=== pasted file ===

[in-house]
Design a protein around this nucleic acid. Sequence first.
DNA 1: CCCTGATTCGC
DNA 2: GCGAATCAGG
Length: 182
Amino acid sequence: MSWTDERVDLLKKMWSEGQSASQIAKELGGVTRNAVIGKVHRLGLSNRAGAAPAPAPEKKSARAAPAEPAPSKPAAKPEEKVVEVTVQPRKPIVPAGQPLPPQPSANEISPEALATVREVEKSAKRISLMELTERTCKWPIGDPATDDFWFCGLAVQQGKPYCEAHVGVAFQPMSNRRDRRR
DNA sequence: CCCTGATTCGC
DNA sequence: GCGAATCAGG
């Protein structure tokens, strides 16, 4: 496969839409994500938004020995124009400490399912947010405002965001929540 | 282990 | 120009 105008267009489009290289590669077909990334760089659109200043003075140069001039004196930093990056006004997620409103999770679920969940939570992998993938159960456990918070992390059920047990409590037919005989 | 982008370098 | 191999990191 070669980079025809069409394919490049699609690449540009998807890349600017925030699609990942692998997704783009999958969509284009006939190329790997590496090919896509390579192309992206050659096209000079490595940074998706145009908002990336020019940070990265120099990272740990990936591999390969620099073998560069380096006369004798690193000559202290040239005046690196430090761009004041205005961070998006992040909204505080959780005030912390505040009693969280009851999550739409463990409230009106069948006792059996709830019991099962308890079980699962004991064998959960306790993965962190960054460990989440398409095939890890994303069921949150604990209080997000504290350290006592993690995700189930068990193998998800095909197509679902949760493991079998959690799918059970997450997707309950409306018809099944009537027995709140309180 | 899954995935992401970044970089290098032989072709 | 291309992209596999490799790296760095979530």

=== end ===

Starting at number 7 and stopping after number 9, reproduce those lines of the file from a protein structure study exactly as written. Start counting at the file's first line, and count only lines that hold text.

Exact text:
DNA sequence: CCCTGATTCGC
DNA sequence: GCGAATCAGG
């Protein structure tokens, strides 16, 4: 496969839409994500938004020995124009400490399912947010405002965001929540 | 282990 | 120009 105008267009489009290289590669077909990334760089659109200043003075140069001039004196930093990056006004997620409103999770679920969940939570992998993938159960456990918070992390059920047990409590037919005989 | 982008370098 | 191999990191 070669980079025809069409394919490049699609690449540009998807890349600017925030699609990942692998997704783009999958969509284009006939190329790997590496090919896509390579192309992206050659096209000079490595940074998706145009908002990336020019940070990265120099990272740990990936591999390969620099073998560069380096006369004798690193000559202290040239005046690196430090761009004041205005961070998006992040909204505080959780005030912390505040009693969280009851999550739409463990409230009106069948006792059996709830019991099962308890079980699962004991064998959960306790993965962190960054460990989440398409095939890890994303069921949150604990209080997000504290350290006592993690995700189930068990193998998800095909197509679902949760493991079998959690799918059970997450997707309950409306018809099944009537027995709140309180 | 899954995935992401970044970089290098032989072709 | 291309992209596999490799790296760095979530």